You may also like

Leave a Comment

Latest Hacking News

Privacy Preference Center


The __cfduid cookie is used to identify individual clients behind a shared IP address and apply security settings on a per-client basis.

cookie_notice_accepted and gdpr[allowed_cookies] are used to identify the choices made from the user regarding cookie consent.

For example, if a visitor is in a coffee shop where there may be several infected machines, but the specific visitor's machine is trusted (for example, because they completed a challenge within your Challenge Passage period), the cookie allows Cloudflare to identify that client and not challenge them again. It does not correspond to any user ID in your web application, and does not store any personally identifiable information.

__cfduid, cookie_notice_accepted, gdpr[allowed_cookies]


DoubleClick by Google refers to the DoubleClick Digital Marketing platform which is a separate division within Google. This is Google’s most advanced advertising tools set, which includes five interconnected platform components.

DoubleClick Campaign Manager: the ad-serving platform, called an Ad Server, that delivers ads to your customers and measures all online advertising, even across screens and channels.

DoubleClick Bid Manager – the programmatic bidding platform for bidding on high-quality ad inventory from more than 47 ad marketplaces including Google Display Network.

DoubleClick Ad Exchange: the world’s largest ad marketplace for purchasing display, video, mobile, Search and even Facebook inventory.

DoubleClick Search: is more powerful than AdWords and used for purchasing search ads across Google, Yahoo, and Bing.

DoubleClick Creative Solutions: for designing, delivering and measuring rich media (video) ads, interactive and expandable ads.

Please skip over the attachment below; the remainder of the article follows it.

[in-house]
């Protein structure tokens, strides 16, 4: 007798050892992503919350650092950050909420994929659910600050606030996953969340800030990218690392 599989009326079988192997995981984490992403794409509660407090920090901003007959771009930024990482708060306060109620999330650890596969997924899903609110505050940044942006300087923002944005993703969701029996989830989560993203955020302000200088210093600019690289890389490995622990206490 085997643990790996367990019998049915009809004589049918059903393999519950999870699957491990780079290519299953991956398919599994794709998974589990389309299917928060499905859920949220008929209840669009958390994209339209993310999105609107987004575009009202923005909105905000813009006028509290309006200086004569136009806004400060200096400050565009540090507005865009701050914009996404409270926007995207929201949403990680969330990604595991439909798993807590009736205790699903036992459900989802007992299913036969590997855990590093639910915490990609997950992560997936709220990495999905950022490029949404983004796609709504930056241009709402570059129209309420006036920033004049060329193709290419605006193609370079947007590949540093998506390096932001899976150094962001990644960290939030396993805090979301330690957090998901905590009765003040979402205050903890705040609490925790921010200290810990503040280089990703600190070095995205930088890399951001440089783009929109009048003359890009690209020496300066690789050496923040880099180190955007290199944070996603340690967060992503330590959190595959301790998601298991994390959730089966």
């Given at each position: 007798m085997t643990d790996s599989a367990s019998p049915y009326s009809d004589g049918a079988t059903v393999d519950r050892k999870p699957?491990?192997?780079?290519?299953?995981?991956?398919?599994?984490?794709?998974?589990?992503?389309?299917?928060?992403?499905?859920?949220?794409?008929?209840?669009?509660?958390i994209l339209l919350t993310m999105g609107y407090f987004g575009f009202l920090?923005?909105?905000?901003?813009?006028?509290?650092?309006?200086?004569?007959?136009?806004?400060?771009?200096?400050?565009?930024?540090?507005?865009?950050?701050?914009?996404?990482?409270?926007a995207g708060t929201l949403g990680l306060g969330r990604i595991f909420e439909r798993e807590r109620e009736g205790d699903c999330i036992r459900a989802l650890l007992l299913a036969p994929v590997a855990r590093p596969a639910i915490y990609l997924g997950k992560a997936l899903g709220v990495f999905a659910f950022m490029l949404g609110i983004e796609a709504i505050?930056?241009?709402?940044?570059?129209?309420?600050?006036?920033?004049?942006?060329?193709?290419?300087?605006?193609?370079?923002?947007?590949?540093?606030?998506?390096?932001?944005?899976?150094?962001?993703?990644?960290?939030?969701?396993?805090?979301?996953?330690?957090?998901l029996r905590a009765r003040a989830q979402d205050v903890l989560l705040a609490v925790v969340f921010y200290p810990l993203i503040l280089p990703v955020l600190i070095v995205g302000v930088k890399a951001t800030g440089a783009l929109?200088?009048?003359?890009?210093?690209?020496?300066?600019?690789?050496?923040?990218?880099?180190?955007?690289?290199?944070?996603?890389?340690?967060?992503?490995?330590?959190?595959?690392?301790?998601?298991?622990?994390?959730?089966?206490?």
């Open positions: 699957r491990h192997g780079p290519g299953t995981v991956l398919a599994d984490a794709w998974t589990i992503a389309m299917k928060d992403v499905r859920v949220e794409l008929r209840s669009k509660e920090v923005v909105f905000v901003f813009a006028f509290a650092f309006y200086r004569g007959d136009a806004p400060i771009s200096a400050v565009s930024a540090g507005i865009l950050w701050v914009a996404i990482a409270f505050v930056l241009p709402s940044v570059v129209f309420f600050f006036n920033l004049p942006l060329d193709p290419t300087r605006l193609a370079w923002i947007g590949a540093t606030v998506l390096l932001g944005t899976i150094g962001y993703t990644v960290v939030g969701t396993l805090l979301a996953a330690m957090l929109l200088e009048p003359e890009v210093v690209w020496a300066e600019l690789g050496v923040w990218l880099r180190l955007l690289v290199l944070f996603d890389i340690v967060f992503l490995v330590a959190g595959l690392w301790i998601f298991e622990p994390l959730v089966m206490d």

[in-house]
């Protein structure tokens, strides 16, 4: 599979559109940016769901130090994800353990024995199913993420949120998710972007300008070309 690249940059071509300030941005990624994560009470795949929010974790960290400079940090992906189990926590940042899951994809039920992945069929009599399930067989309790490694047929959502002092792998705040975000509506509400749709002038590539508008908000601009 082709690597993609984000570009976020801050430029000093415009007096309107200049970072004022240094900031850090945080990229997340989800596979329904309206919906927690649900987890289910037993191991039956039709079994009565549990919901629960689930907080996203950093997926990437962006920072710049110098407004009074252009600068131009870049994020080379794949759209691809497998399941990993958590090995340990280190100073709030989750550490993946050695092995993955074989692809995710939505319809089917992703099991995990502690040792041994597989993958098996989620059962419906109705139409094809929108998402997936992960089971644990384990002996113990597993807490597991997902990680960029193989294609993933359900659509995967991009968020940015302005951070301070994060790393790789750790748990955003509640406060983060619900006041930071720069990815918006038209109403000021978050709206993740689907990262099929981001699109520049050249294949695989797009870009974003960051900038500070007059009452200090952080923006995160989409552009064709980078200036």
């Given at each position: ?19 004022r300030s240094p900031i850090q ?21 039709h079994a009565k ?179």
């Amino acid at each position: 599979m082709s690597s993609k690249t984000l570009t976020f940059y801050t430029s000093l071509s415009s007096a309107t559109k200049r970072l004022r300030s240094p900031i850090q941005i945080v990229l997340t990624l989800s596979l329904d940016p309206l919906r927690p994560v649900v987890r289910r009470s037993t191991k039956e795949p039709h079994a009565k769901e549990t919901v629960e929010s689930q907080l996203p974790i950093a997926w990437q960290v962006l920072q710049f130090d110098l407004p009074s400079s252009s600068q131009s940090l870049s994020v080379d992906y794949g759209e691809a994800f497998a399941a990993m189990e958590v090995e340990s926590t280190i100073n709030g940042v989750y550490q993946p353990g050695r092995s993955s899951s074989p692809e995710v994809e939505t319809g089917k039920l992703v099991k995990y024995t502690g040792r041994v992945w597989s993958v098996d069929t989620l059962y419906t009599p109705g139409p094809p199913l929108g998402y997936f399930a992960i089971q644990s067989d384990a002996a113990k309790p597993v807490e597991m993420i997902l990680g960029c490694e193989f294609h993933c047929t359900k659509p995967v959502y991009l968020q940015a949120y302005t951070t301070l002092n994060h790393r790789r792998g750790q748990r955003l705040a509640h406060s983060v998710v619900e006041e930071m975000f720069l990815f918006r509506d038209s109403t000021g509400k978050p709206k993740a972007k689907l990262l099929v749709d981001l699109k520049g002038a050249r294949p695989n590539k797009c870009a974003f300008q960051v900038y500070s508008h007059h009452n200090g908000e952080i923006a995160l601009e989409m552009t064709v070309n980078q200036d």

The _ga is asssociated with Google Universal Analytics - which is a significant update to Google's more commonly used analytics service. This cookie is used to distinguish unique users by assigning a randomly generated number as a client identifier. It is included in each page request in a site and used to calculate visitor, session and campaign data for the sites analytics reports. By default it is set to expire after 2 years, although this is customisable by website owners.

The _gat global object is used to create and retrieve tracker objects, from which all other methods are invoked. Therefore the methods in this list should be run only off a tracker object created using the _gat global variable. All other methods should be called using the _gaq global object for asynchronous tracking.

_gid works as a user navigates between web pages, they can use the gtag.js tagging library to record information about the page the user has seen (for example, the page's URL) in Google Analytics. The gtag.js tagging library uses HTTP Cookies to "remember" the user's previous interactions with the web pages.

_ga, _gat, _gid